Without the roads to carry the workers (built with taxes), the laborers to build the hydroelectric dams (built with taxes)to power the cities, the schools to educate the workforce (paid for by insufficient taxes), the clean water to ensure productive healthy citizens, etc., etc., etc.. They would have no wealth.

The 1/10th of 1 percenters who are owners of more than 80% of the stock market and 75 percent of the wealth of the nation are not entitled to that wealth. They mostly stole it. Yes I said stole it. Look at HSBC, a bank that is guilty of money laundering and murder, and embezzlement, and fraud, but the US Justice Department will not prosecute because it is “to big to fail” and would “adversely affect the US economy.”

And yes I said murder. Look at the trail of the the money they have taken that would have paid for medical or housing, education to allow someone to climb out of poverty. The profits of drug dealers and the death they spread with cash for crime and the thugs and money laundering of terrorists and dictators.

I believe a progressive tax strategy is required.

A solution I would propose:

Tax all corporate profits at 25 percent with write-offs for reinvestment (in America) and research.

Tax all money made from any source, investment or labor.

Tax any money made over @1 million a year (not on the amount under 1 million) at 80 percent and, money made from five-hundred thousand to a million at 50 percent and money from three-hundred thousand to five-hundred thousand at 30 percent; from one-hundred to three-hundred thousand at 20 percent; and from seventy-five to a hundred thousand at 10 percent.

If you do that, and eliminate the tax right off on any mortgage interest over five-hundred thousand and only for one primary residence, I think we would be well on the way to surpluses.

A onetime windfall tax on all property of 5% of the value over five million for individuals, fifteen million for couples and families.

Tax all corporation 50 percent of all profits moved overseas. You want to sell in our markets; you must make a minimum of 51 percent of the product here, or pay a 100 percent tariff.

This was the position of our capitalism fifty years ago, it is the position in China, Korea, Indonesia, etc., today.

By anon307114 — On Dec 03, 2012

This is based on the classic sociology framework that all people are equal (the blank state) and if society was changed, heaven and utopia, would arrive. Again, failing to take into account that everybody is different. We have different motivation, needs, wants, desires, work ethic, interests, anger, rage, violence. So be it.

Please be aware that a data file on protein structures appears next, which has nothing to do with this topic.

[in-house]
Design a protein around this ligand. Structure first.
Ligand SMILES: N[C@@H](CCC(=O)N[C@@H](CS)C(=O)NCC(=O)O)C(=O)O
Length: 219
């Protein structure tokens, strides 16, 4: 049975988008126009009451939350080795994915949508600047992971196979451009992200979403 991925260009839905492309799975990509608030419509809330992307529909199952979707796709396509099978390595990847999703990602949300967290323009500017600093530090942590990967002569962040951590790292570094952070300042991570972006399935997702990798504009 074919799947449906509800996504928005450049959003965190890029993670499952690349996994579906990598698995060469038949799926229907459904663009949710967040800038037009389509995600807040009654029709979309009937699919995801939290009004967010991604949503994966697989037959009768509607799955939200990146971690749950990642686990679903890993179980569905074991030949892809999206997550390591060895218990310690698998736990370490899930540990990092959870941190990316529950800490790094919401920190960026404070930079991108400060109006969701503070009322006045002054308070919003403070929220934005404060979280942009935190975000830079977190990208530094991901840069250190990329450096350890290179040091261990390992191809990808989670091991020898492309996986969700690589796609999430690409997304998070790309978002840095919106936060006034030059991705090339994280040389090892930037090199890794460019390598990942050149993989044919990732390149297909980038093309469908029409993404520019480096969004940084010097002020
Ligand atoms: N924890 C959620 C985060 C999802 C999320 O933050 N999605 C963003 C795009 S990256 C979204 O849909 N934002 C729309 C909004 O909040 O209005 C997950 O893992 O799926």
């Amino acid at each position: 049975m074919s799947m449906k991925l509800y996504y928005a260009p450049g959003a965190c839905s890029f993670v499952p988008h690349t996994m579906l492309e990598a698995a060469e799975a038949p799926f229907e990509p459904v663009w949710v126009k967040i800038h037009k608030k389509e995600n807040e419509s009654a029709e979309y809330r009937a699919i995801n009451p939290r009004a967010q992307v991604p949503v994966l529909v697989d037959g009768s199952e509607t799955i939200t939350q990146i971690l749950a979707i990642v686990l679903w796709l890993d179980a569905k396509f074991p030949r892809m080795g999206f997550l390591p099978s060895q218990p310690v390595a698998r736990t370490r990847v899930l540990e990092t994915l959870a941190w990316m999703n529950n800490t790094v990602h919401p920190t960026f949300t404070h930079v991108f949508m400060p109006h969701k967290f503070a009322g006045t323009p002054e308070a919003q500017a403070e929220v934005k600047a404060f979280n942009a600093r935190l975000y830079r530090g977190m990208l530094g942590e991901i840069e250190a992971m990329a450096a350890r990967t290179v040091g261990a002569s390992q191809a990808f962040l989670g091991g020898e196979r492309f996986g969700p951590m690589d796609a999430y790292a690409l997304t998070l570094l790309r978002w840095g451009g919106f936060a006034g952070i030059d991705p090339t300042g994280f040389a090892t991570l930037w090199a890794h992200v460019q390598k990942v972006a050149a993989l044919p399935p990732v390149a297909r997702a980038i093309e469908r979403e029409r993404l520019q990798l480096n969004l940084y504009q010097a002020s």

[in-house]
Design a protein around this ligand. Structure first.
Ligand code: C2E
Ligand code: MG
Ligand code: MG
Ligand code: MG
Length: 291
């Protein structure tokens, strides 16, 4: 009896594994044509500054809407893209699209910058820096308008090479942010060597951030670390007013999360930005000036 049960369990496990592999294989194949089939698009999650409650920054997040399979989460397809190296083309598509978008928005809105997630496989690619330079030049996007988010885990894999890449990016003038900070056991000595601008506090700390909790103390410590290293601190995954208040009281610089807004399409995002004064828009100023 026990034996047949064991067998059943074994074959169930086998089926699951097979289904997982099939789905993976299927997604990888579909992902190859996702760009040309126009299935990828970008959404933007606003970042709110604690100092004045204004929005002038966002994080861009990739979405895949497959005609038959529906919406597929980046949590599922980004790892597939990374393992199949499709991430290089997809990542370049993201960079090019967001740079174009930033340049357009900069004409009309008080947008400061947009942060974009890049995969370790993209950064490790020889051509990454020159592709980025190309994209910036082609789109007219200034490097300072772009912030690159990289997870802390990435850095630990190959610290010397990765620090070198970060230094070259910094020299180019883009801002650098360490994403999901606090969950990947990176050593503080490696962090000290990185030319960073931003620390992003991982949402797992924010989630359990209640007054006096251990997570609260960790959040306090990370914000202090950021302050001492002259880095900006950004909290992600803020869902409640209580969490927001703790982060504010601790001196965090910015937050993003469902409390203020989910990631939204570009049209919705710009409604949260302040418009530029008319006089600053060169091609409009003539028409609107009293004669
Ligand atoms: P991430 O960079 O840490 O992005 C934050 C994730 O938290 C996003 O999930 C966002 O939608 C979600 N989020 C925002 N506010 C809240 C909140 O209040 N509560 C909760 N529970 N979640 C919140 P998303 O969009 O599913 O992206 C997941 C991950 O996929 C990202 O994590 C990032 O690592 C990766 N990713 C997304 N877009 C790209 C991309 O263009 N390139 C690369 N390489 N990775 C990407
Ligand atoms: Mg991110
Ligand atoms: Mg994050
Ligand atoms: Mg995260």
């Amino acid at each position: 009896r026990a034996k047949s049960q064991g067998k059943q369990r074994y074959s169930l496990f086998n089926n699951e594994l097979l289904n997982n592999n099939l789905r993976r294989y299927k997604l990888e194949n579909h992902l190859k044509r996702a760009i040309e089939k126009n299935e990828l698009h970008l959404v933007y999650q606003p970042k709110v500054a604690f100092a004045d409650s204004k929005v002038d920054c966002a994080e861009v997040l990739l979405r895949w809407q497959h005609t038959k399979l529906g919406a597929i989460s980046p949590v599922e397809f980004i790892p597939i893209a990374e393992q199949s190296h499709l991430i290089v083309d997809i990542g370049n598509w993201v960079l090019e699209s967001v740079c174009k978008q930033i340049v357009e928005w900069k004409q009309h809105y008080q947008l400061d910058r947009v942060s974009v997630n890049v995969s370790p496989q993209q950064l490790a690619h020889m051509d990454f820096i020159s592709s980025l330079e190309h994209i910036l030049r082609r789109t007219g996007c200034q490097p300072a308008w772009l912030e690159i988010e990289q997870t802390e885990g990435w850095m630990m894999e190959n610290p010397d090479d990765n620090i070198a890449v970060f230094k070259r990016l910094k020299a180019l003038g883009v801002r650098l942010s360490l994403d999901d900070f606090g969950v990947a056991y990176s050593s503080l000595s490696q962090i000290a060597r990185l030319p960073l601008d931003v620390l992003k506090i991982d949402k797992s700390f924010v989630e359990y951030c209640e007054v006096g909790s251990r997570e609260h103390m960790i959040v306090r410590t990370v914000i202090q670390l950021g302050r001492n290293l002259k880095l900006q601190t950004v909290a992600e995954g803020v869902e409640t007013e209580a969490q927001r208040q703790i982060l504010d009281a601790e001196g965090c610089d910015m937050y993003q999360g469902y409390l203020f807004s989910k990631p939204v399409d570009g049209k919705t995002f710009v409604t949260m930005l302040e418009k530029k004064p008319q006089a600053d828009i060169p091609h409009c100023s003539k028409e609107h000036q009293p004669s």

By anon306585 — On Nov 30, 2012

"Social justice" is the religious left's invention that hides the real meaning: "Social debt". "Social debt" means the correction of the injustices of the past or unhappiness or disasters of some kind or the injustices that some unpunished person made. This moral debt is imposed by the religion or by the state and is the pinching of the other people's rights or money or property.

By anon290234 — On Sep 08, 2012

Good. Wide perspective. I wonder if you consider Marxism a source, among others, to define social justice from a structural point of view?

By anon274511 — On Jun 12, 2012

This is a great article as it defines social justice. I will be using this terminology when while explanation of social justice and human rights. --Emmanuel

By anon257924 — On Mar 29, 2012

Wow to some of the comments. First of all, there is no such thing as social justice. There can only be justice and there are only individuals. Society is a fictional imaginary thing. As for a social contract, there is none. I don't remember ever signing one. Do you?

It is the taxation itself that is the problem. Taxes destroy what they touch. If taxes were lower overall, then there would be more help for the poor because there would be more business and employment opportunities available.

Taxes just don't pay welfare; they also pay for the roads etc., so we all pay one way or another for the benefits of infrastructure that allows us to have a decent job and life to begin with, but we do not owe underprivileged non taxpayers a part of our paycheck for that.

They didn't build these roads, or train and hire police fire etc. That was by the producers -- the workers, innovators, etc. who did that, not the poor. Yes, we can help them. No doubt, someday we might be the homeless one, but it must be voluntary, not at the barrel of an air gun. --rose

By anon252231 — On Mar 04, 2012

Excuse me? Quit creating misconceptions about Islam. I

would appreciate that immensely.

By anon237406 — On Dec 29, 2011

Question to the students of Social Justice: Could you first define Social Injustice? Yes it does exist but the answer I usually get is "If you don't know it now you will never know!"

Then they walk away. Kind of tells the story.

By anon227301 — On Nov 04, 2011

To all students who think "social justice" does indeed require government involvement on all levels in order to take money from those who presumably have it, to give it to those who presumably need it via various taxation or mandated "fees", read well the Karl Marx quote: "From each according to his ability, to each according to his need."

Then, after you have moved on from your studies and entered the real world of income earners, heads of households and possibly property owners of any kind (home, land, automobile), remember that quote and ask yourself: exactly how many things that you have worked so hard to gain are you willing give up, so that someone else who hasn't worked as hard (out of choice sometimes) can live like you?

By anon170132 — On Apr 25, 2011

Does social justice means that everyone should have equal rights, from richest to poorest? If it's like that, does that mean that the rich and the poor should have equal obligations too? Social justice is a term that i think is unattainable. You can't have equal rights and privileges for everybody, because everybody is different.